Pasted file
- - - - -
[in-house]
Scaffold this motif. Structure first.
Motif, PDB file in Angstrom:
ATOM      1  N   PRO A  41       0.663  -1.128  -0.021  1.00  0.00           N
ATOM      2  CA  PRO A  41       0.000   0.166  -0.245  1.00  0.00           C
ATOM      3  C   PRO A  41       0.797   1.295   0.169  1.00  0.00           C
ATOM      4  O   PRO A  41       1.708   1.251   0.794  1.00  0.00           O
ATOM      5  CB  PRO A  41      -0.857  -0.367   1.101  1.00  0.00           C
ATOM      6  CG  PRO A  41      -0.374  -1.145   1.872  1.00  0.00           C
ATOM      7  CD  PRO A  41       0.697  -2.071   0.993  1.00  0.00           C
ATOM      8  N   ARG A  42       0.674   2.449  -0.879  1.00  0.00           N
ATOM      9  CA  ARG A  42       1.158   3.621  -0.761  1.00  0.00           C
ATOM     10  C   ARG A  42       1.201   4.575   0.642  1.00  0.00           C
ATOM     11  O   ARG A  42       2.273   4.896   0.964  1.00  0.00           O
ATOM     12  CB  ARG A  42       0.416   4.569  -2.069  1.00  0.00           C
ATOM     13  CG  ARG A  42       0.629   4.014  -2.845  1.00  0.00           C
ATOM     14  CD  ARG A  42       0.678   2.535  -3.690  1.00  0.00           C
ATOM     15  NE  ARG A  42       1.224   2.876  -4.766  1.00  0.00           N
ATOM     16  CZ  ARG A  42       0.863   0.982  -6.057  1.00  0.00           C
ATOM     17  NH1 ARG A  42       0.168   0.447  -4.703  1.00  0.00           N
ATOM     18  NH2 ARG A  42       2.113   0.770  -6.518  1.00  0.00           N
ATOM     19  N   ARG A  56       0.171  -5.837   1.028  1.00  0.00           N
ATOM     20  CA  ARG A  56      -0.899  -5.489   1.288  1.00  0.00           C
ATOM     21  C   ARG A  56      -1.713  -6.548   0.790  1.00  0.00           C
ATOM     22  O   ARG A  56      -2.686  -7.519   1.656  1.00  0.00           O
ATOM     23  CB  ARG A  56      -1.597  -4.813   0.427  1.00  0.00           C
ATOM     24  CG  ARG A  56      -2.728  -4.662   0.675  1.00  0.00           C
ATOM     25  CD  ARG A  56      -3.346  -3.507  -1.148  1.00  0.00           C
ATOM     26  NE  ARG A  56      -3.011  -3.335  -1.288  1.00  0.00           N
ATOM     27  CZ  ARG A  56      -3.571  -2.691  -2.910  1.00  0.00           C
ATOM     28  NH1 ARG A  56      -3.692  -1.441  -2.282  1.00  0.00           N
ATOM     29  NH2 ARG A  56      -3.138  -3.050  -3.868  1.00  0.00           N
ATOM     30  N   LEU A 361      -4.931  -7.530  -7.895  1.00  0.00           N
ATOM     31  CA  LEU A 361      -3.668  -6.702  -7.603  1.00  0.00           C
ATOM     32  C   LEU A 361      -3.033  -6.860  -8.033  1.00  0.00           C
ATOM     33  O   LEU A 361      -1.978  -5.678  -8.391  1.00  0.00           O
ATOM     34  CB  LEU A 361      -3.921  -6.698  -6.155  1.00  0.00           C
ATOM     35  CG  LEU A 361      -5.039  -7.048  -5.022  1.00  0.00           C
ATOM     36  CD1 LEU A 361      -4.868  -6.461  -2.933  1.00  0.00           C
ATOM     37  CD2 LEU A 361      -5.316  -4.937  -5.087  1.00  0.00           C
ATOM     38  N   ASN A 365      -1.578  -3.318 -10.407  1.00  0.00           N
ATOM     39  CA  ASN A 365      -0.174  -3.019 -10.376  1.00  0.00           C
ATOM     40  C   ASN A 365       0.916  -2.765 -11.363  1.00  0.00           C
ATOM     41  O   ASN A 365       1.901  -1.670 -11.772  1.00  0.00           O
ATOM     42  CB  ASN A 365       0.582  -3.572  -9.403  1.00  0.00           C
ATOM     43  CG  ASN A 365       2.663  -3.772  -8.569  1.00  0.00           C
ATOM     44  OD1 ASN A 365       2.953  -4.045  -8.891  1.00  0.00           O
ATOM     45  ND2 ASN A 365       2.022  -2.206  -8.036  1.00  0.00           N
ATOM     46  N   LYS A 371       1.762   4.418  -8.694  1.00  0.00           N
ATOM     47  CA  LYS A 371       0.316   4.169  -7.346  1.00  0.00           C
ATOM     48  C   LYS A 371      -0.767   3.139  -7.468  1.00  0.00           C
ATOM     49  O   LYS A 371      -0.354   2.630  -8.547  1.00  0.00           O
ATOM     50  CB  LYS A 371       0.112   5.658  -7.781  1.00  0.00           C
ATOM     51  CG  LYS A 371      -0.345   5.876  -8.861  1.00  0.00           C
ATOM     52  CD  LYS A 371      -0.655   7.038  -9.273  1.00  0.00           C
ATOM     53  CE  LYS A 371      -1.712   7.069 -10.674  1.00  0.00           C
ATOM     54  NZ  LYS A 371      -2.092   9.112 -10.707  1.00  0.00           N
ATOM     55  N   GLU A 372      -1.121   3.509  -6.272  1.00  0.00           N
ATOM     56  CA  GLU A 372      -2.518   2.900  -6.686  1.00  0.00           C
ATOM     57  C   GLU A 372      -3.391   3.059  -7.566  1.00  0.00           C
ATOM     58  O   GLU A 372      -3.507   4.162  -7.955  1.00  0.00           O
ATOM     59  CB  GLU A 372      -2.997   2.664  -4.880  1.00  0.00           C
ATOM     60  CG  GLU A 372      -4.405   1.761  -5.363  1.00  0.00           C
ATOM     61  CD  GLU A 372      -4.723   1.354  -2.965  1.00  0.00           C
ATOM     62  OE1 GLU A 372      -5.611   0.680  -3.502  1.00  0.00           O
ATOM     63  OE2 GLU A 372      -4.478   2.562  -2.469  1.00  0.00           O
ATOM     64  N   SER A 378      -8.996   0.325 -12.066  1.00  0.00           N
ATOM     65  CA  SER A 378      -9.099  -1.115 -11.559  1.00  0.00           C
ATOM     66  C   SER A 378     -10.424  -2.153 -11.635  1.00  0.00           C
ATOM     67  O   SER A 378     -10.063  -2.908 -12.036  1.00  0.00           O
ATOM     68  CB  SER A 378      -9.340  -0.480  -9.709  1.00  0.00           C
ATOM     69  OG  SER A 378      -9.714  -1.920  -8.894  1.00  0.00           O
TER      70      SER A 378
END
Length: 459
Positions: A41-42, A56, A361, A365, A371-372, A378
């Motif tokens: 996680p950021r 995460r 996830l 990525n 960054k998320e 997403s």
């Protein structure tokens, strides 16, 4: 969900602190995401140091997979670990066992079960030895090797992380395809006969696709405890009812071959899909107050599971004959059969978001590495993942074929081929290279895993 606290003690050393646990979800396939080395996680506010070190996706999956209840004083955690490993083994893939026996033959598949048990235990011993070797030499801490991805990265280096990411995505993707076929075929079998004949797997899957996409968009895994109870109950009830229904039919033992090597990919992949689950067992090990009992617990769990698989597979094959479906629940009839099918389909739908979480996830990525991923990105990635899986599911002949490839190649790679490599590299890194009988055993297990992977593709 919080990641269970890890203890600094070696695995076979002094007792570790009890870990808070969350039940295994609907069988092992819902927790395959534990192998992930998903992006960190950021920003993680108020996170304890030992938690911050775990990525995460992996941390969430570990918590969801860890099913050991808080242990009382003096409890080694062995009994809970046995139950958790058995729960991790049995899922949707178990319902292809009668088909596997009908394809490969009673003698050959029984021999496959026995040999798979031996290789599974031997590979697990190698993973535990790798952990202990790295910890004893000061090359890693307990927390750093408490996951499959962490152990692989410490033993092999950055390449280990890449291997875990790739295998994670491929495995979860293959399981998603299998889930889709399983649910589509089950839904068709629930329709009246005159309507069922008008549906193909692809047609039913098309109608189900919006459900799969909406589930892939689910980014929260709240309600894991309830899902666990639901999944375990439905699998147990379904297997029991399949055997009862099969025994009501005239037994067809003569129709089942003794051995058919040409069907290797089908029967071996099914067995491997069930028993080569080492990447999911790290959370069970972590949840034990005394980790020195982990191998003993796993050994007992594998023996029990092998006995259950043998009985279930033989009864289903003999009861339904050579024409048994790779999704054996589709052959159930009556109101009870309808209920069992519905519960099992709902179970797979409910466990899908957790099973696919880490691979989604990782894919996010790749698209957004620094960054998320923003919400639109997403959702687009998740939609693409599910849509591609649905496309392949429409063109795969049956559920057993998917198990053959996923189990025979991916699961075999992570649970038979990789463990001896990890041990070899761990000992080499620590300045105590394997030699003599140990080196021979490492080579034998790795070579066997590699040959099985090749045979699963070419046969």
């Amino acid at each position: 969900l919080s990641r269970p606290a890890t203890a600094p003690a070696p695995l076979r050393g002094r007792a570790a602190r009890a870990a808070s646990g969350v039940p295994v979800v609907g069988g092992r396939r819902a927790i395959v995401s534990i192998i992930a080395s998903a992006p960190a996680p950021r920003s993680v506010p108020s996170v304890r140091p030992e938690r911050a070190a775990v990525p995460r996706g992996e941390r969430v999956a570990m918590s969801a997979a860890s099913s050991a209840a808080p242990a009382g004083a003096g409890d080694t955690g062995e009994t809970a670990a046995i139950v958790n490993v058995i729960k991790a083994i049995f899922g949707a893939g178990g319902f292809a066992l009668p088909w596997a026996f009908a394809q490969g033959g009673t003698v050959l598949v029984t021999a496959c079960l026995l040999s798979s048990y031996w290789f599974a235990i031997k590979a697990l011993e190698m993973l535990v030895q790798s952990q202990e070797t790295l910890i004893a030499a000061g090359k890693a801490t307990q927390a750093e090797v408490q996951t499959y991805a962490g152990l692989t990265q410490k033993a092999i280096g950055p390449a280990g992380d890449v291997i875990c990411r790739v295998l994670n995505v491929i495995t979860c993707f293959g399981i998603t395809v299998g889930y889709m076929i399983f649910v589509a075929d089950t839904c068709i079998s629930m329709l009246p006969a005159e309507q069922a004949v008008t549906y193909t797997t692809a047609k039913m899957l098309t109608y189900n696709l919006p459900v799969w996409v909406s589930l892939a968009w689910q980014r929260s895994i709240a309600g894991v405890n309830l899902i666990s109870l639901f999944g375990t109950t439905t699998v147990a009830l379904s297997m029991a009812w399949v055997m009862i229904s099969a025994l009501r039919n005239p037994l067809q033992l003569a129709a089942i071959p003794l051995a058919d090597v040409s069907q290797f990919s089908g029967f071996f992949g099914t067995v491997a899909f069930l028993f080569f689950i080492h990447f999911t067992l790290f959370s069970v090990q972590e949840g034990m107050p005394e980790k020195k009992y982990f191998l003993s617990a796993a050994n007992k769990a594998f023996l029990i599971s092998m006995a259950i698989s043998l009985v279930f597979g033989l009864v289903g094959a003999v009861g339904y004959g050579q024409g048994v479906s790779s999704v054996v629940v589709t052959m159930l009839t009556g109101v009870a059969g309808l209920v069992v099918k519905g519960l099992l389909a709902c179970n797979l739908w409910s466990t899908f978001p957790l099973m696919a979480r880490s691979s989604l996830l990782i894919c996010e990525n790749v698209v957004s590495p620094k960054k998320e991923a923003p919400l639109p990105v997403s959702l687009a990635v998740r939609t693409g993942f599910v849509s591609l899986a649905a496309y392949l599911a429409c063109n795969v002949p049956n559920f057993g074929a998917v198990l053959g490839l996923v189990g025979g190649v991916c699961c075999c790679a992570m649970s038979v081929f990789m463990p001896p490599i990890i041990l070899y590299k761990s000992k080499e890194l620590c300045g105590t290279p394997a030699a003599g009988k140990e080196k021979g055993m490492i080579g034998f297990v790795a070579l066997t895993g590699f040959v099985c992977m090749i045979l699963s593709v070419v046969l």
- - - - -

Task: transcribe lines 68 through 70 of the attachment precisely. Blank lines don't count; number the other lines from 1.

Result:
ATOM     65  CA  SER A 378      -9.099  -1.115 -11.559  1.00  0.00           C
ATOM     66  C   SER A 378     -10.424  -2.153 -11.635  1.00  0.00           C
ATOM     67  O   SER A 378     -10.063  -2.908 -12.036  1.00  0.00           O